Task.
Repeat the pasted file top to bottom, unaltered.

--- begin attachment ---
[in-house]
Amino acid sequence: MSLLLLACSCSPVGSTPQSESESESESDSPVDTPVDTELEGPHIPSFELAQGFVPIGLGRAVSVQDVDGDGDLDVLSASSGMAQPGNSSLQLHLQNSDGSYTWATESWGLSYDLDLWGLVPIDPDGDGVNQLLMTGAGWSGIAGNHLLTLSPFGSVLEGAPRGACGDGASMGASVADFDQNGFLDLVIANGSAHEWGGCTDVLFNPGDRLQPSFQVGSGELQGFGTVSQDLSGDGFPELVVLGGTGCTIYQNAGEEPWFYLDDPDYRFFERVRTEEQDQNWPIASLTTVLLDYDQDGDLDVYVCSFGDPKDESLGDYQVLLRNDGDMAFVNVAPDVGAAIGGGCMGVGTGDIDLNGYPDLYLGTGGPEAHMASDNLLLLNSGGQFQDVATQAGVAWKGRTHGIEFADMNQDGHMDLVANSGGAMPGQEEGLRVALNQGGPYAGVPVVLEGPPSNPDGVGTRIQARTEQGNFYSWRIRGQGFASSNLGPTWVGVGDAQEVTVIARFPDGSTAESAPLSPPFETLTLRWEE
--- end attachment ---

[in-house]
Amino acid sequence: MSLLLLACSCSPVGSTPQSESESESESDSPVDTPVDTELEGPHIPSFELAQGFVPIGLGRAVSVQDVDGDGDLDVLSASSGMAQPGNSSLQLHLQNSDGSYTWATESWGLSYDLDLWGLVPIDPDGDGVNQLLMTGAGWSGIAGNHLLTLSPFGSVLEGAPRGACGDGASMGASVADFDQNGFLDLVIANGSAHEWGGCTDVLFNPGDRLQPSFQVGSGELQGFGTVSQDLSGDGFPELVVLGGTGCTIYQNAGEEPWFYLDDPDYRFFERVRTEEQDQNWPIASLTTVLLDYDQDGDLDVYVCSFGDPKDESLGDYQVLLRNDGDMAFVNVAPDVGAAIGGGCMGVGTGDIDLNGYPDLYLGTGGPEAHMASDNLLLLNSGGQFQDVATQAGVAWKGRTHGIEFADMNQDGHMDLVANSGGAMPGQEEGLRVALNQGGPYAGVPVVLEGPPSNPDGVGTRIQARTEQGNFYSWRIRGQGFASSNLGPTWVGVGDAQEVTVIARFPDGSTAESAPLSPPFETLTLRWEE